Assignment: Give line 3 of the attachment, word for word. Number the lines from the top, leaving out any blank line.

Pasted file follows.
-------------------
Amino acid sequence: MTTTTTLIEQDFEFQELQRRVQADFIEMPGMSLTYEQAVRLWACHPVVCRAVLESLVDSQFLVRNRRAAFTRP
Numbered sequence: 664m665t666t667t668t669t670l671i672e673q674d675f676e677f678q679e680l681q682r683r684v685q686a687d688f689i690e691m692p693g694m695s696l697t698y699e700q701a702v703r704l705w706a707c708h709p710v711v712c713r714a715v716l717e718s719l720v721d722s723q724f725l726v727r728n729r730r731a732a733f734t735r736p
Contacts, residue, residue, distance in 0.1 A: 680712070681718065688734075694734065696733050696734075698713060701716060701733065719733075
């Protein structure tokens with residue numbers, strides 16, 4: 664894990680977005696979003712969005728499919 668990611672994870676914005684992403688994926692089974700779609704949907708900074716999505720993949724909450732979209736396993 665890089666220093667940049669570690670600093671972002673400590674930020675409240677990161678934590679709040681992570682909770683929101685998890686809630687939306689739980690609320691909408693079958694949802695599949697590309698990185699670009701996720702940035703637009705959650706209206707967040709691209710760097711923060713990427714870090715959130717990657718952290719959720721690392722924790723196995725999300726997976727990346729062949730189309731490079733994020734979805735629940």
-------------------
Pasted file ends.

Contacts, residue, residue, distance in 0.1 A: 680712070681718065688734075694734065696733050696734075698713060701716060701733065719733075